The Nameless Horror

Notes on morning reading

1. Hachette did not negotiate in good faith before the end of the contract.

They didn’t negotiate at all. Amazon and Hachette agree on this crucial point. The first Hachette offer was in April. Amazon says the original contract ran out in March and Hachette hasn’t denied it. In my view, the party that makes no attempt to negotiate during the term of the original contract is the instigator of the stand-off.

2. Hachette knew for months that their authors were being harmed and they did nothing.

Sullivan noticed that the usual Amazon discounts on his titles were gone on February 7. He saw the inventory issues on March 9. He let Hachette know about both issues. At that point Hachette had let their contract expire without so much as a counter-offer.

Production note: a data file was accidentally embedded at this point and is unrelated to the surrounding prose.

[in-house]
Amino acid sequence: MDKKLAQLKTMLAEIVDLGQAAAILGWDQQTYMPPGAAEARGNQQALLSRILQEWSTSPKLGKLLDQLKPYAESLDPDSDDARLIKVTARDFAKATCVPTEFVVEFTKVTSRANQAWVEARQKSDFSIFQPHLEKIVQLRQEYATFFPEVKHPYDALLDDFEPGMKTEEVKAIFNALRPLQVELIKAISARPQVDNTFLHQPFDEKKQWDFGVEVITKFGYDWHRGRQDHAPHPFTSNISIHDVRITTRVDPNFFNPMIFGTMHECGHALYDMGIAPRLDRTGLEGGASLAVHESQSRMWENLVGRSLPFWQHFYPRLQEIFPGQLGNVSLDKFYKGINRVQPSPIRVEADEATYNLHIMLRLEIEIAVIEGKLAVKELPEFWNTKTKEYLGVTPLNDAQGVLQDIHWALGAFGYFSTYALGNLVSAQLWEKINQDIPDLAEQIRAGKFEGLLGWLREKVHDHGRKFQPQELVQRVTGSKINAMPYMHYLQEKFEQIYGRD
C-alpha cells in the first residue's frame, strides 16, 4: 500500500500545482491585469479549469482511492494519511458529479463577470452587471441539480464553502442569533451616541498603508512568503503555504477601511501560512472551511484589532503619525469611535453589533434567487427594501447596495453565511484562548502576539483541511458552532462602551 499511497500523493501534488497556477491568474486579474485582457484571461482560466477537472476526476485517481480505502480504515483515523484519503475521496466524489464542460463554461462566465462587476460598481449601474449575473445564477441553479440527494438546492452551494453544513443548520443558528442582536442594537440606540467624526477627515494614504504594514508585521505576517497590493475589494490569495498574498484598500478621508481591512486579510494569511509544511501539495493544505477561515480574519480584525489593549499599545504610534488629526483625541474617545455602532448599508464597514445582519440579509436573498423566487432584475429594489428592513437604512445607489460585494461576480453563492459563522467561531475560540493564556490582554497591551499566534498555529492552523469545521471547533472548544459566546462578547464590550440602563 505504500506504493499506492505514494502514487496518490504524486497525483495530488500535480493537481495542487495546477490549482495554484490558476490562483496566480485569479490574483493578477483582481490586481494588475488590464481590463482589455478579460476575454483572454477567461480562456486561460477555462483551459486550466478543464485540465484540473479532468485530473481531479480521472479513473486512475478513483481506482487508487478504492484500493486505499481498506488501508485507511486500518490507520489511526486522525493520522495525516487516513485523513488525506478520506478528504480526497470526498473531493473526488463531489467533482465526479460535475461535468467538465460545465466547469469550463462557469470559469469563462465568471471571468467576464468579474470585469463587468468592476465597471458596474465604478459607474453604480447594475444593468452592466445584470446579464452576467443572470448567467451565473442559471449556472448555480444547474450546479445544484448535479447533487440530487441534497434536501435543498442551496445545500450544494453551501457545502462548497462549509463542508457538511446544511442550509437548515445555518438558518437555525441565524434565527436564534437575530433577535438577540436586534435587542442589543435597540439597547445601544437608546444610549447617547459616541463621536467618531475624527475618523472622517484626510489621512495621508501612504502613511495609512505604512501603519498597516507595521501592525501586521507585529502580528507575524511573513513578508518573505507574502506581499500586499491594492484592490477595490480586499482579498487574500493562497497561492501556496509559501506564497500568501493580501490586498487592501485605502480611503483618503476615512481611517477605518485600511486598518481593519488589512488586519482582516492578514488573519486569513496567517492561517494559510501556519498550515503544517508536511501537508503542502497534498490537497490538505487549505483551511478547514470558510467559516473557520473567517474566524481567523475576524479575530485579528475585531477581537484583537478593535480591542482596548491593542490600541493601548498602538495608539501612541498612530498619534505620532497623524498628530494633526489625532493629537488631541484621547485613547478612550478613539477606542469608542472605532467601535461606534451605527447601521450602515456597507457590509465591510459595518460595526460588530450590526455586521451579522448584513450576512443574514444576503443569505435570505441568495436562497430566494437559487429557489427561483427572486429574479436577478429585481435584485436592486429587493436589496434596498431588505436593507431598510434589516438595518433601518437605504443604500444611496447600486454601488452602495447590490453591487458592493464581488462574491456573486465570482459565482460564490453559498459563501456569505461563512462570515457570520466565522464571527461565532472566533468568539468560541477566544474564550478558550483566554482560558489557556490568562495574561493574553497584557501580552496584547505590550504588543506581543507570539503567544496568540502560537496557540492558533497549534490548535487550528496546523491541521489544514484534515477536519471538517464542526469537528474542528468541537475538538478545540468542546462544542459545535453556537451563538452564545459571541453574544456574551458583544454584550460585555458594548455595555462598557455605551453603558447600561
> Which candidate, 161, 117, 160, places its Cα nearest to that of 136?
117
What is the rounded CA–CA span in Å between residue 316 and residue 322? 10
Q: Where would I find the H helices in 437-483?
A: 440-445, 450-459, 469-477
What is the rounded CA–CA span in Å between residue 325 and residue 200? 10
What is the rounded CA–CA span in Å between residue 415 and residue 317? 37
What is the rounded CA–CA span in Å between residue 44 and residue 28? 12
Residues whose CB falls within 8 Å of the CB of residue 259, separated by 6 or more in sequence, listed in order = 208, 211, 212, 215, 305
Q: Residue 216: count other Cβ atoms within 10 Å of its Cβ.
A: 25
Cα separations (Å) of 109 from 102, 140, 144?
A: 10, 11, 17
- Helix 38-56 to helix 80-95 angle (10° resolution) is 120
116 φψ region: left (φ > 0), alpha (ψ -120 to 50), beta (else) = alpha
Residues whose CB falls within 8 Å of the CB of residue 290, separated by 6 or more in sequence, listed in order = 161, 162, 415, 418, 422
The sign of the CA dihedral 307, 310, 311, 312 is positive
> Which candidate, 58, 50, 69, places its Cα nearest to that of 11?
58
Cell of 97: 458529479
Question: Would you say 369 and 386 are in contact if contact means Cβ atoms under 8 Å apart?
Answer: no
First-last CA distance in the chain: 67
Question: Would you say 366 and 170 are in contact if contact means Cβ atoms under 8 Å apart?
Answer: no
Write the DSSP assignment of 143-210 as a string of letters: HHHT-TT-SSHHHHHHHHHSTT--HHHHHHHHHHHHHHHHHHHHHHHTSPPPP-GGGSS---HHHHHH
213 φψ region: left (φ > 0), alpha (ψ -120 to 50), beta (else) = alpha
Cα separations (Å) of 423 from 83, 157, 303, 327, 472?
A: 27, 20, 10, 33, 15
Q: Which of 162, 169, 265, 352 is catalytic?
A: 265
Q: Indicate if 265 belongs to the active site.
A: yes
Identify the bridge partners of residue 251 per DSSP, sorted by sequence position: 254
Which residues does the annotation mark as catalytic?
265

Read that again.

“Amazon says the original contract ran out in March…”

“Sullivan noticed that the usual Amazon discounts on his titles were gone on February 7. He saw the inventory issues on March 9.

“Hachette did not negotiate in good faith before the end of the contract.”

Neither, apparently, did Amazon, if they felt happy to start playing hardball a month or more before the end of their existing contract. (Blah blah blah, confirmation bias, Stockholm Syndrome, etc. etc.) (linkage)